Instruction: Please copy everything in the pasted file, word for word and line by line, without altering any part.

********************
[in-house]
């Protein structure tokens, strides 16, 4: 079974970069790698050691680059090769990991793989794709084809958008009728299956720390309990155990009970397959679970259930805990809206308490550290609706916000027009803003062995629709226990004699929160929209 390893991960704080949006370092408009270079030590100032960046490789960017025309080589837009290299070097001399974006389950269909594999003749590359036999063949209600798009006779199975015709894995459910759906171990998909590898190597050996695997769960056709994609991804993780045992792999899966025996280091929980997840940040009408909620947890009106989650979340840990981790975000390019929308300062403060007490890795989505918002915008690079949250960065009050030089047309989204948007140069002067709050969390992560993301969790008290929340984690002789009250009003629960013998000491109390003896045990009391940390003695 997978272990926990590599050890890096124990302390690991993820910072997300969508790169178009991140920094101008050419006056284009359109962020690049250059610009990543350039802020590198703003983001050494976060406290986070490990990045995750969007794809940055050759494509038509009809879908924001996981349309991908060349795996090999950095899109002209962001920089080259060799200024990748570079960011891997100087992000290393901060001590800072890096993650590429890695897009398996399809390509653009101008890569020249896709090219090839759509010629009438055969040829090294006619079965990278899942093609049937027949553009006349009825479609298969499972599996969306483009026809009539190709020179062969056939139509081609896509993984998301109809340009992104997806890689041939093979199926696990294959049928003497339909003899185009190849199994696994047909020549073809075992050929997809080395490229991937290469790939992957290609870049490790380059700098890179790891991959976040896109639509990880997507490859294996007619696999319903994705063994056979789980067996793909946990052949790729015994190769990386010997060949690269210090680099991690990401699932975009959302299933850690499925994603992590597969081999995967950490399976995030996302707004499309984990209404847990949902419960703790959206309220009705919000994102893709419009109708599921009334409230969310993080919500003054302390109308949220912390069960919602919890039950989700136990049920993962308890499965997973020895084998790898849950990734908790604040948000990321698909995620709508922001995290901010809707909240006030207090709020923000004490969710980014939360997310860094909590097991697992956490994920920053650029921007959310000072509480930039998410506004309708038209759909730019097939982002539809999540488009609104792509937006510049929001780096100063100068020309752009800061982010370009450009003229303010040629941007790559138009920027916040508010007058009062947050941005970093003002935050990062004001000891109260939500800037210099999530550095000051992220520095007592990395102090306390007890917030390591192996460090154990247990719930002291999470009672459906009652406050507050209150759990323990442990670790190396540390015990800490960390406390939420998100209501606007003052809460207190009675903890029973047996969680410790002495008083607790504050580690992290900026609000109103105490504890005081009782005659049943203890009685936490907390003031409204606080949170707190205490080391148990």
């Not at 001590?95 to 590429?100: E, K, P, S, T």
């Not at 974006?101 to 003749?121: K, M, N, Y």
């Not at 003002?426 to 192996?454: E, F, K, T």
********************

[in-house]
């Protein structure tokens, strides 16, 4: 079974970069790698050691680059090769990991793989794709084809958008009728299956720390309990155990009970397959679970259930805990809206308490550290609706916000027009803003062995629709226990004699929160929209 390893991960704080949006370092408009270079030590100032960046490789960017025309080589837009290299070097001399974006389950269909594999003749590359036999063949209600798009006779199975015709894995459910759906171990998909590898190597050996695997769960056709994609991804993780045992792999899966025996280091929980997840940040009408909620947890009106989650979340840990981790975000390019929308300062403060007490890795989505918002915008690079949250960065009050030089047309989204948007140069002067709050969390992560993301969790008290929340984690002789009250009003629960013998000491109390003896045990009391940390003695 997978272990926990590599050890890096124990302390690991993820910072997300969508790169178009991140920094101008050419006056284009359109962020690049250059610009990543350039802020590198703003983001050494976060406290986070490990990045995750969007794809940055050759494509038509009809879908924001996981349309991908060349795996090999950095899109002209962001920089080259060799200024990748570079960011891997100087992000290393901060001590800072890096993650590429890695897009398996399809390509653009101008890569020249896709090219090839759509010629009438055969040829090294006619079965990278899942093609049937027949553009006349009825479609298969499972599996969306483009026809009539190709020179062969056939139509081609896509993984998301109809340009992104997806890689041939093979199926696990294959049928003497339909003899185009190849199994696994047909020549073809075992050929997809080395490229991937290469790939992957290609870049490790380059700098890179790891991959976040896109639509990880997507490859294996007619696999319903994705063994056979789980067996793909946990052949790729015994190769990386010997060949690269210090680099991690990401699932975009959302299933850690499925994603992590597969081999995967950490399976995030996302707004499309984990209404847990949902419960703790959206309220009705919000994102893709419009109708599921009334409230969310993080919500003054302390109308949220912390069960919602919890039950989700136990049920993962308890499965997973020895084998790898849950990734908790604040948000990321698909995620709508922001995290901010809707909240006030207090709020923000004490969710980014939360997310860094909590097991697992956490994920920053650029921007959310000072509480930039998410506004309708038209759909730019097939982002539809999540488009609104792509937006510049929001780096100063100068020309752009800061982010370009450009003229303010040629941007790559138009920027916040508010007058009062947050941005970093003002935050990062004001000891109260939500800037210099999530550095000051992220520095007592990395102090306390007890917030390591192996460090154990247990719930002291999470009672459906009652406050507050209150759990323990442990670790190396540390015990800490960390406390939420998100209501606007003052809460207190009675903890029973047996969680410790002495008083607790504050580690992290900026609000109103105490504890005081009782005659049943203890009685936490907390003031409204606080949170707190205490080391148990």
């Not at 001590?95 to 590429?100: E, K, P, S, T």
């Not at 974006?101 to 003749?121: K, M, N, Y």
């Not at 003002?426 to 192996?454: E, F, K, T």